Lack of diversity in clinical trials can impair quality, increase costs, and put patient safety at risk. Many medicines work differently depending on a person’s gender, race, and ethnicity, so without diverse participants, scientists and clinicians have only a limited understanding of the effectiveness and suitability of treatments for underrepresented populations.
These critical differences are eventually discovered — after the therapeutic has been approved and is in widespread use.
The barriers to diversity have been well-documented, but, despite significant progress, the industry still struggles to overcome them. Much work remains to be done, especially around building trust, according to experts at the recent WCG Avoca Quality Consortium Summit.
They discussed how we must truly listen to patients and their needs, making the case that diversity is not just “nice to have”, but essential.
Among the speakers were:
- Loretta Veney, Patient Advocate and Inspirational Speaker
- Jameka Hill, Senior Director, Clinical Trial Equity, Moderna
- William Maybee, Community Relations Coordinator, Roswell Park’s Center for Indigenous Cancer Research
Veney: Focus on Outreach and Engagement
Ongoing education and engagement within underrepresented communities remains a necessary and critical path forward for making trials more representative, Veney said. That requires active outreach: You can’t rely on primary care physicians to talk about trials with potential participants; not everyone has one. “We have to go where the people are” to effectively connect with communities, teach them about clinical research, and share trial opportunities, she said.
Prime locations include senior centers, churches, and libraries. She also pointed out that advertising on public transportation is a good way to reach underrepresented populations. Sometimes, it takes finding people one by one. “If we have to go door to door [which we did during COVID], we need to do that.”
Hill: Build Trust
For outreach to work, trust-building is crucial, said Hill. Identify the trusted groups and individuals in underrepresented communities. You want to partner with trusted, familiar groups “that are really localized and meet people where they are.”
Then, actively collaborate with them on education and outreach efforts. These efforts include effectively sharing information about trials, educating communities, and equipping community members to make informed decisions.
Like Veney, she drew on some of the lessons from the pandemic. “When I think of COVID and the light it shone on the disparities globally, it didn’t really matter how much we talked about the disparities,” she said. “What matters, a lot of times, is who is talking about the solutions and if those trusted solutions are being presented by a voice [that underrepresented communities] actually hear and believe.”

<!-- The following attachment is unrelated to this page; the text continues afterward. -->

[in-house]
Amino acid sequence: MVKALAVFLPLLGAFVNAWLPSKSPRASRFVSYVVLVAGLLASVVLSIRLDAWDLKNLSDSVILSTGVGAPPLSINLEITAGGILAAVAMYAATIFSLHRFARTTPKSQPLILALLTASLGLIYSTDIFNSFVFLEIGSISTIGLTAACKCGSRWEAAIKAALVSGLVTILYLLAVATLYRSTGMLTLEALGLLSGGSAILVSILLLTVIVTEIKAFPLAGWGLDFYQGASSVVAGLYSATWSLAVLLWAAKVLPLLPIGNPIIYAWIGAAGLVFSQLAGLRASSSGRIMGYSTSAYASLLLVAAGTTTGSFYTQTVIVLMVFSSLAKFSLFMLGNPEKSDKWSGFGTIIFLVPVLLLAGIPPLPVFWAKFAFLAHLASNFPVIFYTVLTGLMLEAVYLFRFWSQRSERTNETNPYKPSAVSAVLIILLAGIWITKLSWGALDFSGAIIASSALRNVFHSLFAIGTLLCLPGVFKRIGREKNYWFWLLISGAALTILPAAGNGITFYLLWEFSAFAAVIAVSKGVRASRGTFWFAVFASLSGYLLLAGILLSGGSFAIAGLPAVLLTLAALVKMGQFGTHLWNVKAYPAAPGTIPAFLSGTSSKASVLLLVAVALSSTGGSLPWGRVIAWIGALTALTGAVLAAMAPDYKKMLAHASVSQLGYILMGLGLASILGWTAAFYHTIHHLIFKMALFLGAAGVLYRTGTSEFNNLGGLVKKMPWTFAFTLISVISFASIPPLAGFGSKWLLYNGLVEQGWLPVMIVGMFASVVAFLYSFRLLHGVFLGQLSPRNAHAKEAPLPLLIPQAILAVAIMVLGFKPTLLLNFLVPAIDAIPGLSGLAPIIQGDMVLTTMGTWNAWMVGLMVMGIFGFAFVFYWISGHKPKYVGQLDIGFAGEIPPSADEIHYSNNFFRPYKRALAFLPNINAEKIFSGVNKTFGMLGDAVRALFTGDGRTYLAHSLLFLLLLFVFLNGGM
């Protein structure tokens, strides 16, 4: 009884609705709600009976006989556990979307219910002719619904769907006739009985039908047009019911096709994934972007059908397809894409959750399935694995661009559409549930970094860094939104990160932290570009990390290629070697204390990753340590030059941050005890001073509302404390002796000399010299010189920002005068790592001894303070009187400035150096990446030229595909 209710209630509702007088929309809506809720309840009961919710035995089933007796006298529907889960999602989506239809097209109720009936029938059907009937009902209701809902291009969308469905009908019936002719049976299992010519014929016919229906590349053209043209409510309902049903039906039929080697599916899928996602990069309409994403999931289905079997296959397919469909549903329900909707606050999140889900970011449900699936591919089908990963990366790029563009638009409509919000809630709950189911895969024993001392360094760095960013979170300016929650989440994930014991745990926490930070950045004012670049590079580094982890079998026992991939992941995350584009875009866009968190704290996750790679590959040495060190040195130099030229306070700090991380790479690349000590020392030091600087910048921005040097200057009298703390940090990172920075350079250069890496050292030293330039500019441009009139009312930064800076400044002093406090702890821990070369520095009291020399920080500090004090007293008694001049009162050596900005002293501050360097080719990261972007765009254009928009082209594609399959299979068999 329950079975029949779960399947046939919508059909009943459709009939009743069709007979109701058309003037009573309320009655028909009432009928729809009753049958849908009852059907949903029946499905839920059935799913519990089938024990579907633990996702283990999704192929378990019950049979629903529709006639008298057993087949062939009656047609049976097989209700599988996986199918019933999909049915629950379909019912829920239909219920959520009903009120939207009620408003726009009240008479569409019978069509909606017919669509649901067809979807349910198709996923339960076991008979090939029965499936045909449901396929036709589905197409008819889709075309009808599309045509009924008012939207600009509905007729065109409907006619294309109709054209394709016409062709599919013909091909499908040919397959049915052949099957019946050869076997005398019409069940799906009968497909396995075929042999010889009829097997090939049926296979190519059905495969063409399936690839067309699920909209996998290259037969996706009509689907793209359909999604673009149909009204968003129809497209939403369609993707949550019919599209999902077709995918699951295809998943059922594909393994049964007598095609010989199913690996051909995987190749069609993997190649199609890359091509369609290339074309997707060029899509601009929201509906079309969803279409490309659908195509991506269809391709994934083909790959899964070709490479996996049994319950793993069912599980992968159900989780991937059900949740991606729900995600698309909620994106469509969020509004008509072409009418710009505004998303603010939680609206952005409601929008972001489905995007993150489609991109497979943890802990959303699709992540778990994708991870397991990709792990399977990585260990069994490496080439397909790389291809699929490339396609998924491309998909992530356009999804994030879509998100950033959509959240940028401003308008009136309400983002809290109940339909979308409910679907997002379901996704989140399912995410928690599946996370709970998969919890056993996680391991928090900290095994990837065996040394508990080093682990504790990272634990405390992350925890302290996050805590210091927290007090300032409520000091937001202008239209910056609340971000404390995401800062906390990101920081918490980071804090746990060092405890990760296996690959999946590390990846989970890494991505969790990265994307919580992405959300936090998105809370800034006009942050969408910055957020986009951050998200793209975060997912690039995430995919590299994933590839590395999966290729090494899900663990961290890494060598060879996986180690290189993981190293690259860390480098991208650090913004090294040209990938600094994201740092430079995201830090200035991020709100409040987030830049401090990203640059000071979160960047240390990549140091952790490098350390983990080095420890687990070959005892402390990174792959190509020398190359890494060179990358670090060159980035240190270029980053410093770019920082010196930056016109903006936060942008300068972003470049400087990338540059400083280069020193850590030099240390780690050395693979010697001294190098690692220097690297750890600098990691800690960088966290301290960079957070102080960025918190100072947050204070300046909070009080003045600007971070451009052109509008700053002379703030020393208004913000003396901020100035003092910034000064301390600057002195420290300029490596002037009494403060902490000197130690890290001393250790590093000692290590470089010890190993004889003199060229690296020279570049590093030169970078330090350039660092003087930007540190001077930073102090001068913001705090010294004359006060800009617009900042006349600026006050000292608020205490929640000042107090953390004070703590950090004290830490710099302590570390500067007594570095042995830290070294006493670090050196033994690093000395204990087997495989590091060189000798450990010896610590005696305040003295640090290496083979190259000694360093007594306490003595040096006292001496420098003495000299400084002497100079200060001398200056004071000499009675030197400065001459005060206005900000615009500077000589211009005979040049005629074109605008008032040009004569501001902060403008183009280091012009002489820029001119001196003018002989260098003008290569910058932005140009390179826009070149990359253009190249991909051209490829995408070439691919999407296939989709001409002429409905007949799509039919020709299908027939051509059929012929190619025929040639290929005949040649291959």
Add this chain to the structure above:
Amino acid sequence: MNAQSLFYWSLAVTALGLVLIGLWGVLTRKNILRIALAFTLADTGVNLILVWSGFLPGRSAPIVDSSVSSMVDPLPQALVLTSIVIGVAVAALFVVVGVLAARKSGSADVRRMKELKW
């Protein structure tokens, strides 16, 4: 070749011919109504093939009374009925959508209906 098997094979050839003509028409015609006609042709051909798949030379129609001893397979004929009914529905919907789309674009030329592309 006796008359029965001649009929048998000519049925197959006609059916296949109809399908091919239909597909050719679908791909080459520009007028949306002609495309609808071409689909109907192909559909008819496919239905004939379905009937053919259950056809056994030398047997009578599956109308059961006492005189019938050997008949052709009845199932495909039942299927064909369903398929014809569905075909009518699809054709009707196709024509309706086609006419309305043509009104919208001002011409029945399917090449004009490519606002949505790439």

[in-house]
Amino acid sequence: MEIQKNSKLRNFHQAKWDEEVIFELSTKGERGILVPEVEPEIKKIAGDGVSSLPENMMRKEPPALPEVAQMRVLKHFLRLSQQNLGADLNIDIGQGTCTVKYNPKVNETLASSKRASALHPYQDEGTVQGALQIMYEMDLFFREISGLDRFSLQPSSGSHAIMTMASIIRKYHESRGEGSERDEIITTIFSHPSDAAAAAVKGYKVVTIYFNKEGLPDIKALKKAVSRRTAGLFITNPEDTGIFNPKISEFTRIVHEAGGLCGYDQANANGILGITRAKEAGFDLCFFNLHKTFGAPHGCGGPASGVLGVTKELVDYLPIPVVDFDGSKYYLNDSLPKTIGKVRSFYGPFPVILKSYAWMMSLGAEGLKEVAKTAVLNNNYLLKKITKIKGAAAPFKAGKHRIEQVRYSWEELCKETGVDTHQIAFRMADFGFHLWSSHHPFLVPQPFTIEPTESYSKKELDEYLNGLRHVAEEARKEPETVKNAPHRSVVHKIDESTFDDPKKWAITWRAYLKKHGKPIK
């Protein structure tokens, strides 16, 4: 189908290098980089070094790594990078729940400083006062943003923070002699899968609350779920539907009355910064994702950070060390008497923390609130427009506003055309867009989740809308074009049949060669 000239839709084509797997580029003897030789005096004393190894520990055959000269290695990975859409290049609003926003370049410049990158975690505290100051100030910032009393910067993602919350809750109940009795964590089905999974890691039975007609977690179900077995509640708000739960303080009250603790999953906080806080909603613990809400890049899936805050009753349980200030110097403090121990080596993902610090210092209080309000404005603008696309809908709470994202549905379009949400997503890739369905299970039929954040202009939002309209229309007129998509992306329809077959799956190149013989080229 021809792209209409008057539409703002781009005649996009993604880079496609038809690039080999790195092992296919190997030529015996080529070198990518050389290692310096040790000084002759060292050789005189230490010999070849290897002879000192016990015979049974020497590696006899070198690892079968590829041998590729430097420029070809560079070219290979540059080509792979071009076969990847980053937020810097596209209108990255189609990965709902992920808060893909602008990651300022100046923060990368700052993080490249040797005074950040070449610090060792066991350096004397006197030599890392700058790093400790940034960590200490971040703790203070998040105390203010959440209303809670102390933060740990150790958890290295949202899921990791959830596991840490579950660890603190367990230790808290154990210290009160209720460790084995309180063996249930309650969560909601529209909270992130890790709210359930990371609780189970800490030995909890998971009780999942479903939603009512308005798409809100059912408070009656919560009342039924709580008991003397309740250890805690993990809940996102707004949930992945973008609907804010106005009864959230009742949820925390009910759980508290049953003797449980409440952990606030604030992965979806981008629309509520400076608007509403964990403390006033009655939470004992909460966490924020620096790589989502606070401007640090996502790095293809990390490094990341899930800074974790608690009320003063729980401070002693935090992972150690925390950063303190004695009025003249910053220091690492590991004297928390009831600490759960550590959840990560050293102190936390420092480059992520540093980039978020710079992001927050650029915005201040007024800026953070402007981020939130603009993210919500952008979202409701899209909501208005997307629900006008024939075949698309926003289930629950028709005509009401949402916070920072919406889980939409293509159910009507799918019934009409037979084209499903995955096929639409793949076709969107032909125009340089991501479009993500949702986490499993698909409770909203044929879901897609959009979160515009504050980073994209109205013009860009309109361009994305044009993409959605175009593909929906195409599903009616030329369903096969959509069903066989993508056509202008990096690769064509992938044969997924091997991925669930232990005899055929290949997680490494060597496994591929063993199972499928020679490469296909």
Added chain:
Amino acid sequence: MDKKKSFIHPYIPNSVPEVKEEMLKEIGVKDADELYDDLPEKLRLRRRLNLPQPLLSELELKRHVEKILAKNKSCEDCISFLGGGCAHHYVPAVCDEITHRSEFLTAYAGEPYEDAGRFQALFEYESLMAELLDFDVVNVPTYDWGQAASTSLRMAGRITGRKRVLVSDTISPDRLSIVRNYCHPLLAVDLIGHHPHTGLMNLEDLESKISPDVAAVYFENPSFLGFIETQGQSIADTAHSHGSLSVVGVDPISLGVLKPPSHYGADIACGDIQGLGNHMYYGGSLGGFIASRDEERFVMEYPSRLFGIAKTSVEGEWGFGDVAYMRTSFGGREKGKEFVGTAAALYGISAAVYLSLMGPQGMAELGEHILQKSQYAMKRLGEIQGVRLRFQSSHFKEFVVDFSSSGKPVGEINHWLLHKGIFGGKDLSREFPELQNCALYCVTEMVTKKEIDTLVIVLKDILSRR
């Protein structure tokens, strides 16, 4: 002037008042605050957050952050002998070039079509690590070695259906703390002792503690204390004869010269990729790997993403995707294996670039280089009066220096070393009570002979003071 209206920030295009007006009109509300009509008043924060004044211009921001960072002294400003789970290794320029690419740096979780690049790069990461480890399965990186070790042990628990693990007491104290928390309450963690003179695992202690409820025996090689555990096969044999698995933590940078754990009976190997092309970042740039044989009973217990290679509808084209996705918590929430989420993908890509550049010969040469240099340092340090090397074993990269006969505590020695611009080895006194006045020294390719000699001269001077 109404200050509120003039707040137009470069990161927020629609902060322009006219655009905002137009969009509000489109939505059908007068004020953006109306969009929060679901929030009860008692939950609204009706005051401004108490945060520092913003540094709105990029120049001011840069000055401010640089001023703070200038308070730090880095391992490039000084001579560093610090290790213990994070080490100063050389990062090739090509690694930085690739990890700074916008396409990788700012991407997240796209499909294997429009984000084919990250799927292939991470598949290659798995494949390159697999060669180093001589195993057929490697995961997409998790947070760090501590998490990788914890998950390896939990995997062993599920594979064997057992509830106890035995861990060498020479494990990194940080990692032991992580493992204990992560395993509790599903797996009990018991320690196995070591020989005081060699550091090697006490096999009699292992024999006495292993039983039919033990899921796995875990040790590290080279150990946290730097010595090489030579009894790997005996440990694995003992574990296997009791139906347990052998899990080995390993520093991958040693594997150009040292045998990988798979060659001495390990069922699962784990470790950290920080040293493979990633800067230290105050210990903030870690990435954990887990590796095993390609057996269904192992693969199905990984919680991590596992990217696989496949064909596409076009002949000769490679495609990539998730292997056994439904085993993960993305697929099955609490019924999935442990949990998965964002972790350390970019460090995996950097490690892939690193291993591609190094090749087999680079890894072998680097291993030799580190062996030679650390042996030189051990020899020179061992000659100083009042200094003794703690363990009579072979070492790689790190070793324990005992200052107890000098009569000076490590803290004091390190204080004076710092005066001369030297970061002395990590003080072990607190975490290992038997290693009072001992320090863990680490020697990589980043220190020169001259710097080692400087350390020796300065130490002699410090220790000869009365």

Maybee: Listen More
Keep in mind that the population you are working with may not be welcoming of research. “Don’t assume that communities need or want anything,” said Maybee, who is a member of the Seneca Nation. “Go into the community with good intentions — as we say, ‘a good mind’ — and I think at the end of the day, we can sleep soundly knowing we did the right thing for the community.”
Honor the community you’re trying to reach, he counseled. “Assume less and listen more.”
In a National Cancer Institute-led initiative, Maybee helped select and present trials he believed would be of interest to indigenous communities. By approaching them with trials on exercise, nutrition, and meditation, concepts that resonated well with them, he was able to educate community members about clinical research without pressuring them. “I was able to talk about trials without seeming like I was imposing our beliefs about trials and who should participate in them.” That approach takes longer, he says, but it’s more effective.
Overall, there’s no one-size-fits-all strategy for building trust, comfort, and connection, Maybee said. Be ready for tough, uncomfortable conversations and questions, and be prepared to start fresh going from one community to the next.
“I don’t take my knowledge from my community into [another] community and expect it to work. I come in with fresh eyes, a fresh perspective, as a new person, as an outsider,” he said. “I’m a new person to that community so I respect the values. Of course, patience goes a long way in cultivating any of the trust as it relates to clinical trial inclusion in my community.”
Ensure Diversity in Your Next Trial
Diversity is not only the right thing to do: It’s good business. You want your clinical trial population to reflect your product’s future consumers. We can help. WCG’s DEI solution has defined policies and processes to engage, educate, enroll, and retain diverse populations in clinical trials.
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